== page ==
“Black to the future – what a funky concept,” Def Jef pondered on his 1989 album “Just a Poet With Soul.” The native New Yorker had found a label and some success out west in Los Angeles. That same year Brooklyn duo Unique and Dashan had the same inspiration and called their debut LP “Black to the Future.” They raised the flag and sailed under the protection of the red, black and green. If that turn of phrase sounds somewhat familiar, it’s because you’ve heard the late Professor X on X Clan’s “To the East, Blackwards” and “Xodus.”
I may have been vaguely aware of Unique and Dashan and “Black to the Future,” spotting these names on some collector’s list or having seen the record itself many years ago. But I was completely unaware that this was in fact the starting point for the Blackwatch Movement. Only the 2011 Traffic Entertainment reissue enlightened me to the connection, the sticker on it calling it ‘The rarest of X-Clan’s Blackwatch Movement albums.’
You don’t have to wait long for Professor X to appear as his is the first voice to be heard on the album. He pops up seven more times, almost always with his trademark “Vanglorious / This is protected by the red, the black and the green / With a key / Sissyyyy!” Additionally, X (Lumumba Carson) and X Clan’s Paradise (Claude Grey) are credited for the production, alongside a certain H. Kennedy. I wouldn’t be suprised to learn that the latter was actually either Unique or Dashan, but I would be surprised if the Discogs database was correct, which would mean Mr. Kennedy also played keyboards on Too $hort’s independent tape “Players”… As you can see, reliable information on this release is scarce. The reissuers dedicate it ‘to the memory of Dashan, R.I.P.’ RapReviews.com would like to join the commemoration, but we’ll admit that we have no information regarding the circumstances of Dashan’s demise.
One thing’s for sure, he’s alive and well on “Black to the Future,” complementing the standard ’80s MC/DJ duo. He even grabs the mic on the posse cut “Three the Hard Way,” introducing himself as “the DJ that loves to rap.” “Three the Hard Way” is completed by MC Buggs, the group’s human beatbox and ragga toaster who emcees the dancehall track “Lumumba.” The rest of the airtime belongs to Unique, a youthful, optimistic voice and typical second-row late ’80s MC. He’s down for the cause from the jump, rapping breathlessly along the party line on “Protected By the Red Black and Green” to a rumbling track (whose backbone some might recognize from Souls of Mischief’s “Limitations”):
“Now our people are bein’ destroyed all across this land
But you wouldn’t know that it was a part of the government’s plan
Some people live in poverty while others are livin’ in wealth
How could we think about helpin’ South Africa when we can’t even help ourselves?
‘USA for Africa’ – somebody out there lied
Cause major companies in this country still support apartheid
So don’t take things at face value, confirm them first
Cause what you think is the best, it might just be the worst
Like for instance, crack is takin’ over everyone
that tried it once and now they addicted cause they thought it was fun
But if you dig a little deeper you will find out more
Vanglorious will teach you, that’s what we’re here for
But I will never get trapped in a negative realm, if you know what I mean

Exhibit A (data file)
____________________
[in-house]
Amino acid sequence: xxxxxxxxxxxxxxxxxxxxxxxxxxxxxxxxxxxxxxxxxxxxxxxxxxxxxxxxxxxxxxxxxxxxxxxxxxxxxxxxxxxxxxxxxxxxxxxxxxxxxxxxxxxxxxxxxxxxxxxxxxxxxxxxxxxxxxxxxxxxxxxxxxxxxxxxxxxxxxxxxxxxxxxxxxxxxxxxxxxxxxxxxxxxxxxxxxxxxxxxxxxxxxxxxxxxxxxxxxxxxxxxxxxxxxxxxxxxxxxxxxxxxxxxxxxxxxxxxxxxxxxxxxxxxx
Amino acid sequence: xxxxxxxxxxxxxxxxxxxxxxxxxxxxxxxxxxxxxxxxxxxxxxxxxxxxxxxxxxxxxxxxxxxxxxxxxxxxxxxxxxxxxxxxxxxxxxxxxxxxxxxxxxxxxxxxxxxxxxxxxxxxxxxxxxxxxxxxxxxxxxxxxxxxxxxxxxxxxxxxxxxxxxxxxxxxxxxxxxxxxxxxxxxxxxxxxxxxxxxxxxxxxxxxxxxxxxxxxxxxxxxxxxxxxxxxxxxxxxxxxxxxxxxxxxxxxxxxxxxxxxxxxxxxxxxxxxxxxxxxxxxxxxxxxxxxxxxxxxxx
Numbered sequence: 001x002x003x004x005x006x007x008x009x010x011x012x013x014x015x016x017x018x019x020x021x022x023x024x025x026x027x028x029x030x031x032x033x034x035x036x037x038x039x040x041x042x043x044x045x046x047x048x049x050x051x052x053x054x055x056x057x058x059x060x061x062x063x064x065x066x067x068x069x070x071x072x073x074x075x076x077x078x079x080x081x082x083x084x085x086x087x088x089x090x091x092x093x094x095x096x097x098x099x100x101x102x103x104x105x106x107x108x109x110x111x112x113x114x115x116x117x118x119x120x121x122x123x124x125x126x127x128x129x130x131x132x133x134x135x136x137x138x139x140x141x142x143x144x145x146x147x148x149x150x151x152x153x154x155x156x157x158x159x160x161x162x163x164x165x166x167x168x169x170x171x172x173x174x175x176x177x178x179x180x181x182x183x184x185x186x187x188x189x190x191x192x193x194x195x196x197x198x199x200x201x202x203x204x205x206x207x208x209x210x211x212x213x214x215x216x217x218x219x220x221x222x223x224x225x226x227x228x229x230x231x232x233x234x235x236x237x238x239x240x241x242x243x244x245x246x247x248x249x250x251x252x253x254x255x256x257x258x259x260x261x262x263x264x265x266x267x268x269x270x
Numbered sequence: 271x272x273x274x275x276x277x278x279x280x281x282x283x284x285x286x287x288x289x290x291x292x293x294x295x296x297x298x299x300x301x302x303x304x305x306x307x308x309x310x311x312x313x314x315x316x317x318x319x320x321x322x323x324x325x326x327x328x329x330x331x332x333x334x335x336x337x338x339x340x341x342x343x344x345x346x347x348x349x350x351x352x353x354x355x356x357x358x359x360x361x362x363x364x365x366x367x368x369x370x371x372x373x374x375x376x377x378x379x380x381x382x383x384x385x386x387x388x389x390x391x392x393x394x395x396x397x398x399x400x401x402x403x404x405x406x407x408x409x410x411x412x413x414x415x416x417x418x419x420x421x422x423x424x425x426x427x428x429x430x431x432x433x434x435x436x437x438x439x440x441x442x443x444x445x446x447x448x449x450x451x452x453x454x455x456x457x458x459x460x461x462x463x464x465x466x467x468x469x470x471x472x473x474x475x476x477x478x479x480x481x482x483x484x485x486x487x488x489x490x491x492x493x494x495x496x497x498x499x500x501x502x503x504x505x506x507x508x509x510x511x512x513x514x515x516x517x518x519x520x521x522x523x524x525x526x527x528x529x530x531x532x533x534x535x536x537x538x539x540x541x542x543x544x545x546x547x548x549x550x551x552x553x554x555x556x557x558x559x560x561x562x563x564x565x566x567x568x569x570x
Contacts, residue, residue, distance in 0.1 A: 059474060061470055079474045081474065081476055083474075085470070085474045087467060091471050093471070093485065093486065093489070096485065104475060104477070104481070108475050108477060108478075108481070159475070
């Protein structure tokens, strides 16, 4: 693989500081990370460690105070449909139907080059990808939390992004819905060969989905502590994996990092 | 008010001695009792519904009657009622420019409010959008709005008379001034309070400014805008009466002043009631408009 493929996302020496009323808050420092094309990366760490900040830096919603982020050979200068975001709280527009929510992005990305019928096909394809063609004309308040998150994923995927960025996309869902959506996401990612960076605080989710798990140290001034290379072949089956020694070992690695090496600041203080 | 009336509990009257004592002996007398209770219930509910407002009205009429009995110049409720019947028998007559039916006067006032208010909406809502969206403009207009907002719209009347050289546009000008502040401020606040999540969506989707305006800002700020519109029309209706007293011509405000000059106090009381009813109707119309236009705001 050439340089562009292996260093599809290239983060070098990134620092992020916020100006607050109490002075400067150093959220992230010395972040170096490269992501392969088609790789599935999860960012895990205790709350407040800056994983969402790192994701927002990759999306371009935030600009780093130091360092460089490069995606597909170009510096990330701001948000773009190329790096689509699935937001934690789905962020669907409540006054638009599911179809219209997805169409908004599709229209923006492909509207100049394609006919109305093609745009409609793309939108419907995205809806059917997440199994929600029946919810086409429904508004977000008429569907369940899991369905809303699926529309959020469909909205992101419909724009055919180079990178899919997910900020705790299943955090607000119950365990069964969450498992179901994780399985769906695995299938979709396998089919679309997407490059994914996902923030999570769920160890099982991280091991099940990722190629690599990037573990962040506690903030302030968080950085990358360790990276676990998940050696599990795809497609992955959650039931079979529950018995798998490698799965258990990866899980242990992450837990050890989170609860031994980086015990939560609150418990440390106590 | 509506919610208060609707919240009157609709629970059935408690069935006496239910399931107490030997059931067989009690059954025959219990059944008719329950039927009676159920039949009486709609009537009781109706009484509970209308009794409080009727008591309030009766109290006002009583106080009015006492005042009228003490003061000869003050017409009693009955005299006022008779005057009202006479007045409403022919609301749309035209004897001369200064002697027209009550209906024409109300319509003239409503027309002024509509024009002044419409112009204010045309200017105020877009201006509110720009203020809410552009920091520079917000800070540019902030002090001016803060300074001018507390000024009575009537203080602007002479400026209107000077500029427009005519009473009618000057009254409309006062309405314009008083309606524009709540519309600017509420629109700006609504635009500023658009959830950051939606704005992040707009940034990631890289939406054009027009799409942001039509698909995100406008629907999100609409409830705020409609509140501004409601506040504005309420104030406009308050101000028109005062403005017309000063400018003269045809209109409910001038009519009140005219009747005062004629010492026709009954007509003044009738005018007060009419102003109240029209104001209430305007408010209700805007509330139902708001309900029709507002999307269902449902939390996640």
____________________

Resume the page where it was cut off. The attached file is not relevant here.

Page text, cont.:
Cause I’m protected by the red, black and green”
The righteous rhetoric continues on “Blackwatch,” as Unique details his vision of “a nation of blackmen” “where brothers and sisters all join together / to form a unit that’s tougher than leather” over a slick but booming beat that also acts as a dance track with its cut up “Dance with me” line. He ends “Blackwatch” with a strong salute to another self-proclaimed ‘nation’ that aims to represent black interests, the Nation of Islam.
That also concludes the album’s political section. The only single happens to be “House Is Taking Over.” (Possibly only available in Germany.) It’s a hip-house track featuring an outside producer and vocalist, in all likeliness initiated by Warlock Records, who previously had struck gold with the Jungle Brothers’ “I’ll House You.” Curiously enough, “I’ll House You” producer Todd Terry hooks up a hundred-proof hip-hop beat for “Double Trouble,” a humorous tale about having your cake and eating it too.
The remaining three tracks aim to boost the Great Unique’s (as he dubs himself) profile as a rapper. He takes verbal violence a step too far on the graphic “Brutalization,” contrasting with the upbeat track, but laces the “N.T.” drums-rocking “Versatility” with lines like “I’m puttin’ heads to bed without dinner / Hittin’ like Tyson and I’m always the winner,” while “Poet in His Own Time” with its smooth jazzy beat and effortless battling and boasting measures up to Flavor Unit greatness.
There’s great footage of Unique and Dashan online, Unique dropping acapella rhymes on the stoop on Willoughby Avenue with the crew. Judging from the exclamation “1990 we blowin’ up” and the double rhymes, these raps likely would have ended up on a sophomore album. For whatever reason it was not to be. In 1990, the attention was on the newly emerged X Clan, and rightfully so. “To the East, Blackwards” and “Black to the Future” are worlds apart on all levels. It’s almost as if “Black to the Future” was the trial balloon for both Professor X’s Blackwatch organization and his team’s production abilities. Unique and Dashan were still your regular rap act, whereas X Clan was truly something else. Still there’s an undeniable charm to “Black to the Future” and its fresh and quirky lead vocalist.